Sports sponsorship: What does a business get from its partnership with a major English Premier League soccer team?

Manchester City and Manchester United walk out into the Etihad Stadium on April 27, 2017
Martin Rickett - PA Images | Getty Images

"The ultimate reality TV," is how a top executive at one of England's most high-profile soccer teams describes sport and its impact on an audience.

Tom Glick, chief commercial officer at City Football Group, parent company of Manchester City Football Club, is talking about the business of sport and how he looks for sponsors, the brands that contribute to the almost $4.5 billion revenue that the Premier League made in 2014-15. Manchester City – or simply City to fans – is currently fourth in the Premier League and counts Nike, Nissan and SAP among its global sponsors.

"I think there's been a recognition that sports works. Not only is it the ultimate reality TV but it's a great way to engage a consumer or to engage somebody that's running a business," Glick told CNBC anchor Carolin Roth in the latest episode of Marketing Media Money.

"So you know there's 50, 60, 70 categories of businesses that are using sports effectively. So we start by looking at… the leading businesses in those categories to find potential partners that we might have a conversation with, learn about what they are looking to achieve and hopefully get far enough that we can come back and bring some solutions."

How Man City chooses its sponsorship partners

And it's soccer that generates the most sponsorship, rights and merchandise dollars globally, bringing in more than $20 billion a year, ahead of second-placed American football which took $13 billion in 2015.

Dan Jones, head of Deloitte's sports business group, said that while sport in the U.S. is very commercial, there's nothing like Europe's footballing heritage.

"America is sort of been seen as leading the way in commercialization of sports. But they do cast an envious glance across at Europe because Europe's got football and football is 'the world sport'," he told CNBC's James Wright in Marketing Media Money.

"So NFL - fantastic property, fantastic competition, fantastic spectacle - but [it] doesn't necessarily travel brilliantly outside the U.S. Baseball the same, ice hockey the same, [they have] strong avid fans around the world. But nothing unites the world sport-wise like football," he added.

Which sport is the richest?

Recruitment consultancy Hays has been a sponsor of Manchester City since 2013, helping it hire people on and off the pitch, and in 2015 became recruitment partner to its sister club, New York City FC. Hays won't disclose how much it's spent on the partnership, but chief marketing officer Sholto Douglas-Home claims it has resulted in an "extraordinary" amount of engagement among clients, candidates and consultants.

"And I think it was the transition from just looking to build awareness of us as a company to actually helping people get a much stronger sense of our values and our purpose. And it was that kind of transition that made it a very easy decision [to renew the initial three-year deal]," he told Roth.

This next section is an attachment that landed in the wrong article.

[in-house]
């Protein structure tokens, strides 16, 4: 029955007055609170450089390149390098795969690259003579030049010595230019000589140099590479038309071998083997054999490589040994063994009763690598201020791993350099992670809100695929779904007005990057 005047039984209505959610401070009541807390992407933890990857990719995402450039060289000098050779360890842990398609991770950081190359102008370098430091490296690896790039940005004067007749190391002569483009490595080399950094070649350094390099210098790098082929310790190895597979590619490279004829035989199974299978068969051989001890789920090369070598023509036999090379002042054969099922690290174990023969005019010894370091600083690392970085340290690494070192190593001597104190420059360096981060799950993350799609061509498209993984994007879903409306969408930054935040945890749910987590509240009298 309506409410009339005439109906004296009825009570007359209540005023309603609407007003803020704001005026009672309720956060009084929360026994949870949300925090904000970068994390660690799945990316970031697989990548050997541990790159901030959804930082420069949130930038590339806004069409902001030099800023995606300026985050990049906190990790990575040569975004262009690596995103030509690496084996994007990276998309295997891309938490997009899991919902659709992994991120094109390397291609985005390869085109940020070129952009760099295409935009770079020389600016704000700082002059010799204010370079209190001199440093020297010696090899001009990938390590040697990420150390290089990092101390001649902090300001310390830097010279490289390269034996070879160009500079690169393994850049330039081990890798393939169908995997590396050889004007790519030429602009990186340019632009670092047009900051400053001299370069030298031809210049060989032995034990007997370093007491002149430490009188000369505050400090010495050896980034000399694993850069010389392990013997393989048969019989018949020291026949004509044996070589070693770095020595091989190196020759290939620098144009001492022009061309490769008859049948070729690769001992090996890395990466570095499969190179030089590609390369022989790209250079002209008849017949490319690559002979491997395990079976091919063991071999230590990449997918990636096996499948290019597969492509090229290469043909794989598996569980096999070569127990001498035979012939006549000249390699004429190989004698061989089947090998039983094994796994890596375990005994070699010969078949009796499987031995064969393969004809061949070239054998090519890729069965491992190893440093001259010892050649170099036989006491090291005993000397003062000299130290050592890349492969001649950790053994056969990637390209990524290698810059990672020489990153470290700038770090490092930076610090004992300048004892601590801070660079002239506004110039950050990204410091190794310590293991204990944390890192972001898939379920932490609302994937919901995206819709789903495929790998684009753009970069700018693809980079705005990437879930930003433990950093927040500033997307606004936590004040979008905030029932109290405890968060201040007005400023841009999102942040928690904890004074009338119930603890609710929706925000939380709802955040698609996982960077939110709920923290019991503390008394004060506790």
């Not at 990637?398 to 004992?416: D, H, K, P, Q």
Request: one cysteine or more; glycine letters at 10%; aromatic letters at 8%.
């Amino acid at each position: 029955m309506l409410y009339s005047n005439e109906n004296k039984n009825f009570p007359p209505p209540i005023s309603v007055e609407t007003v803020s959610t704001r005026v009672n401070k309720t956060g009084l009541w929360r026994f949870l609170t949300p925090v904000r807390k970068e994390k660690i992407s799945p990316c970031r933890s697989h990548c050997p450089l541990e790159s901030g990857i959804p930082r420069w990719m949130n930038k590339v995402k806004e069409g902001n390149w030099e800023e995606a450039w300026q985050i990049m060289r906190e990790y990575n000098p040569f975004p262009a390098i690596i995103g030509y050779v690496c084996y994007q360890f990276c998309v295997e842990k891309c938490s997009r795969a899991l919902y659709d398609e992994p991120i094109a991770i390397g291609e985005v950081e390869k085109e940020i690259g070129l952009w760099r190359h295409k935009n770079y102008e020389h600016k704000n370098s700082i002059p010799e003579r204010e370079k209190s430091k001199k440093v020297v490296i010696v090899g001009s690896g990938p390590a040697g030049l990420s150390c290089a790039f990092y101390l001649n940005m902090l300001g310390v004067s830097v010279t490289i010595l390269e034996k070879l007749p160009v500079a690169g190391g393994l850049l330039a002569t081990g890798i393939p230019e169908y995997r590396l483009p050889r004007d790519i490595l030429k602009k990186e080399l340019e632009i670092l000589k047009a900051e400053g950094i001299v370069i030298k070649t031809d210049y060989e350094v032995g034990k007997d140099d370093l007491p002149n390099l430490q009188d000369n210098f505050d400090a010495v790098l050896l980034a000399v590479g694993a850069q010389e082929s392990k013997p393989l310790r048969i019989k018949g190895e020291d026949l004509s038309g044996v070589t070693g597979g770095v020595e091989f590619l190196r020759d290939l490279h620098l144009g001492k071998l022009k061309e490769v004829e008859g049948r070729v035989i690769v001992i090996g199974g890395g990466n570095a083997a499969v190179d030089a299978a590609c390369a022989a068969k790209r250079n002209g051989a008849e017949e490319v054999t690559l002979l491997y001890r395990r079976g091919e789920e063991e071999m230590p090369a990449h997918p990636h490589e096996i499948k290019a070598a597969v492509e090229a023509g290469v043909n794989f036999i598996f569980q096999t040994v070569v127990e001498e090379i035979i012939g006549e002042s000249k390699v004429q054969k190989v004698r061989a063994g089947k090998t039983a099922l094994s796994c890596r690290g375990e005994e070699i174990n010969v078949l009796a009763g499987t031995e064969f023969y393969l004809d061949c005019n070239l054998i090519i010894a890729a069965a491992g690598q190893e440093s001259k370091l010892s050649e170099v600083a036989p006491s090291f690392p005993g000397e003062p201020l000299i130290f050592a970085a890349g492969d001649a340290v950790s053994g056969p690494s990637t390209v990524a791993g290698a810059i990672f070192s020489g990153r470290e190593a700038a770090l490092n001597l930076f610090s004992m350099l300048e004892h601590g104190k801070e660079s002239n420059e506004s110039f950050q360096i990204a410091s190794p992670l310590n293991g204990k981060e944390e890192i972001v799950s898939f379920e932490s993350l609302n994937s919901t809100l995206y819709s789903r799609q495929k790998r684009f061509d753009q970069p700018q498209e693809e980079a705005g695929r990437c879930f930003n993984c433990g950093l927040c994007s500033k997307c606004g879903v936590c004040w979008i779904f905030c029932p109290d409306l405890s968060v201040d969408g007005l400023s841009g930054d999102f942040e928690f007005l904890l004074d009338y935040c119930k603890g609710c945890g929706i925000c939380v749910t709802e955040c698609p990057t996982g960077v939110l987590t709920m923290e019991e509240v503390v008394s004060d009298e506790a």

Hays' sponsorship goes beyond branding the TV-friendly pitch perimeter on match days, said Glick. "It's hard to say that the perimeter messaging with hundreds of millions of people watching is not the most important thing. I think it used to be... But I think my answer today is the content that we put out digitally and socially on our and [Hays'] platforms in other places, because this allows us to tell a story to position Hays as the leader and the aspirational brand."

Translating boardroom know-how onto the pitch

Hays is currently running video interviews with Manchester City footballers Joe Hart, Vincent Kompany, Pablo Zabaleta and Gaël Clich talking about their careers on its website.

"The most powerful content that we put out is where there's some really clear synergies between a player and their own career, and how you can kind of compare and contrast that with everyday people in that in their professional careers," Douglas-Home told Roth.

"The environment, the organization, that Manchester City create for the players has a lot of resonance of how people should look at their own organizations and their own career management, so that's really probably the thing that struck us most in terms of how people engage with our content."

Hays doesn't look for a single return on investment figure for its sponsorship, but Douglas-Home said social media shares and likes as well as client and staff engagement are tracked.

The future for the partnership? It could be Chinese, according to Glick, with a private equity consortium from China investing $400m for a 13 percent stake in City Football Group in 2015. "China is an area that we'll be spending time together, it's a big sport. It's a big market for football right now. And both of us have identified this as an important market for us."

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